Trump received five military draft deferments during the Vietnam War, including one medical deferment after he was diagnosed with bone spurs––protrusions caused by calcium built up on the heel bone––in his foot while a student at the private New York Military Academy. “I had a doctor that gave me a letter — a very strong letter on the heels,” he said during an interview with The New York Times in 2016 explaining his deferments, adding that the heel spurs were “not a big problem, but it was enough of a problem.”

The Montana rally came with more controversies, too.

President Trump launched a sustained attack against Senator Elizabeth Warren (D-MA) during one freewheeling moment, reviving his “Pocahontas” nickname for Warren and challenged her to submit to a DNA test to prove her Native American heritage.

“I will give you a million dollars to your favorite charity, paid for by Trump, if you take the test and it shows you’re an Indian,” he said. “I have a feeling she will say no. She’s based her life on being a minority.”

The president clarified that he would toss the genetic testing kit to her “gently because we’re the #MeToo generation,” a comment which mocks the international movement against sexual harassment and assault which, among many other examples, spotlighted his own sordid history of abuse and emphasized comments he made on the now-infamous Access Hollywood tape.

The irony of these comments appeared to be lost on Trump, who further used the social movement to impugn Warren:

I’m gonna get one of those little kits. And in the middle of the debate, when she proclaims that she’s from Indian heritage, because her mother says she has high cheekbones. That’s her only evidence, that her mother said she had high cheekbones.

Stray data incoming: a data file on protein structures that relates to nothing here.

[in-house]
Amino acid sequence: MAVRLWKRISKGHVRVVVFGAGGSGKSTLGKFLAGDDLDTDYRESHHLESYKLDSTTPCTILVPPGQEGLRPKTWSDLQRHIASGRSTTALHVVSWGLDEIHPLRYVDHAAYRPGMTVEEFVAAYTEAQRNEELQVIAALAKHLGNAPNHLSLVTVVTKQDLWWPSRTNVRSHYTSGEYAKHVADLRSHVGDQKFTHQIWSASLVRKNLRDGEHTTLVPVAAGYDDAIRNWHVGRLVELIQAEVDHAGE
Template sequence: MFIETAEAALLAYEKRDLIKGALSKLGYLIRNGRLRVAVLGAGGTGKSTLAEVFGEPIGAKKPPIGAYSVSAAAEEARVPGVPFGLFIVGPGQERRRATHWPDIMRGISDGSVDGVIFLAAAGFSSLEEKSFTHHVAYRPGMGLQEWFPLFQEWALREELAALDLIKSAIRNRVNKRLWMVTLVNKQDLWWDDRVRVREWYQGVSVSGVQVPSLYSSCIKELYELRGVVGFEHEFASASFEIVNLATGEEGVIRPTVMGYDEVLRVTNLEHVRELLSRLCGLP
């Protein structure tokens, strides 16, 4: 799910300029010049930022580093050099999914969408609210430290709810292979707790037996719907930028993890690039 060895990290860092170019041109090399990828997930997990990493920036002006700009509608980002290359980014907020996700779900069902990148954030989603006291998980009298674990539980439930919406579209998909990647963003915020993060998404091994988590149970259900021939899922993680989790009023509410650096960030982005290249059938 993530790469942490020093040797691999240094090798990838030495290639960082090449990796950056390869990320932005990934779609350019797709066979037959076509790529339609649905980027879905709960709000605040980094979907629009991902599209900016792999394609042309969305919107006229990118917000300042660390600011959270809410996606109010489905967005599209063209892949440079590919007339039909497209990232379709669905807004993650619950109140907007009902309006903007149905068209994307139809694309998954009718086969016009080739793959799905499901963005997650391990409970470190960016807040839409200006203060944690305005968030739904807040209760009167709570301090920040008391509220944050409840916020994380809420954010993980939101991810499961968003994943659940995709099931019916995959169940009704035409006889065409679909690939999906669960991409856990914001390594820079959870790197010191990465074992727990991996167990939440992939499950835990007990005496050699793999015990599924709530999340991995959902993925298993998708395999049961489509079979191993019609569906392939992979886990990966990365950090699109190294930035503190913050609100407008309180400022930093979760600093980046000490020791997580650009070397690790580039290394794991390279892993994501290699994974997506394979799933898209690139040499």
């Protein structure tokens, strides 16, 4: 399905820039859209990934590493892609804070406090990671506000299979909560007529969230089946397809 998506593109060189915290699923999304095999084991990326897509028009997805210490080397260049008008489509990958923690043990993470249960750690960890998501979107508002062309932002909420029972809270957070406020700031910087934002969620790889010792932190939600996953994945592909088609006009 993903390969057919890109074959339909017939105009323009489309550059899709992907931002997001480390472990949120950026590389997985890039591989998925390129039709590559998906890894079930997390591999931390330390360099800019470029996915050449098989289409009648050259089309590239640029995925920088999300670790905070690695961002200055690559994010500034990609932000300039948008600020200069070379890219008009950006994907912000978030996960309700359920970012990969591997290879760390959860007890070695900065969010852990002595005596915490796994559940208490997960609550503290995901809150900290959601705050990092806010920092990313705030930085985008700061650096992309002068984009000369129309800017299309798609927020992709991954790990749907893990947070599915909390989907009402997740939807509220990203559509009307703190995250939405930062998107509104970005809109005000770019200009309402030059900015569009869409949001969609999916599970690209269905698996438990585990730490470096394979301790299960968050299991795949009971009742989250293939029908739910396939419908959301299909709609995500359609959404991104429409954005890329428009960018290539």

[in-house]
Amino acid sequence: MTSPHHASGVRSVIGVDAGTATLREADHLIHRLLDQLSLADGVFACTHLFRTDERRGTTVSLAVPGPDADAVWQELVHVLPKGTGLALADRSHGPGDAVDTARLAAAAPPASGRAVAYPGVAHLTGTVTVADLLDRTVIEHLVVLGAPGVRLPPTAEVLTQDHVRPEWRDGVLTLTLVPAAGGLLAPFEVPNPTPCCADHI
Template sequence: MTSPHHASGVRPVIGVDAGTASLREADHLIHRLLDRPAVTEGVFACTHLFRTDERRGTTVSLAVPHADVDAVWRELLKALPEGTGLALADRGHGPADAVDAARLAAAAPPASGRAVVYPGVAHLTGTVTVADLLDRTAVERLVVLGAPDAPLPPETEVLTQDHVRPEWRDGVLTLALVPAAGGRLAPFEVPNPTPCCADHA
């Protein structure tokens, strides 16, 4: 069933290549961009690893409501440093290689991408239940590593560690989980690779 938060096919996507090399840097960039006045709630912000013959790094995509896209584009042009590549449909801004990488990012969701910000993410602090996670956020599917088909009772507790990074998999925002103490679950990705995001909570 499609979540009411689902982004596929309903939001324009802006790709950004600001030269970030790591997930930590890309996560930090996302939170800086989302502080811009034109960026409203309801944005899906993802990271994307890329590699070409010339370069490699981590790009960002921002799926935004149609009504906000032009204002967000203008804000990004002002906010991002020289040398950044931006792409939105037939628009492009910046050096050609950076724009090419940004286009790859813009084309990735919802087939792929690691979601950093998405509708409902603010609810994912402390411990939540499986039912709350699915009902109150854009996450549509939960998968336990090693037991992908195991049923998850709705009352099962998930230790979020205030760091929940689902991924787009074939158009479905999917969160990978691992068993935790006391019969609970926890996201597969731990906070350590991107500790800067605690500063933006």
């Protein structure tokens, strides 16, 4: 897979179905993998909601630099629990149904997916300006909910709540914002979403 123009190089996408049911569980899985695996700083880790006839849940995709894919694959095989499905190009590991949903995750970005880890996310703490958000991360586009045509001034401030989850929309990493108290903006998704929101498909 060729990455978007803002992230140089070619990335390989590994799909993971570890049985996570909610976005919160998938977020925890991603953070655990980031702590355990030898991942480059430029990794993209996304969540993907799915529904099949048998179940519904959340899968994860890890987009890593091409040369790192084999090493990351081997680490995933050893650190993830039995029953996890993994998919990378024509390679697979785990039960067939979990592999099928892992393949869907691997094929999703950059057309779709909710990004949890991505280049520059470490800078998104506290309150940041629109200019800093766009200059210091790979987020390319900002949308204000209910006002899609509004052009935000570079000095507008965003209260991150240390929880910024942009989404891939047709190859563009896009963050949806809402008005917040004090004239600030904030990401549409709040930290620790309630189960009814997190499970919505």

We will take that little kit and say — but we have to do it gently, because we’re in the #MeToo generation, so we have to be very gentle. And we will very gently take that kit, and we will slowly toss it, hoping it doesn’t hit her and injure her arm, even though it only weighs probably two ounces.

Warren soon responded to the president's jabs, taking his administration to task for the humanitarian crisis they’ve created––and exacerbated––along the U.S.-Mexico border.

Warren’s response was a reference to reports that the U.S. government is performing DNA tests on children and parents in an attempt to reunite migrant families separated at the border as a result of the Trump administration’s “zero tolerance” family separations policy.

The Department of Health and Human Services will be conducting DNA tests by taking a cheek swab of every child before matching him or her with a parent. The move comes after a federal judge in the Southern District of California ordered that the government must reunite parents separated from children younger than 5 by July 10 and children ages 5-17 by July 26.

The president––and many of Warren’s critics––have alleged that Warren used false claims of Native American heritage to gain an edge over other candidates for a faculty position at Harvard University. However, a simple fact check indicates that these claims don’t hold under scrutiny.

As Snopes notes, “specific evidence that she gained her position at Harvard (at least in part) through her claims to Native American heritage is lacking.” Moreover, several people with whom Warren worked at Harvard, including David Bernstein, who is the former chairman of the American Association of Law Schools, have said that her ancestral background did not factor into the professional opportunities she received while employed at Harvard.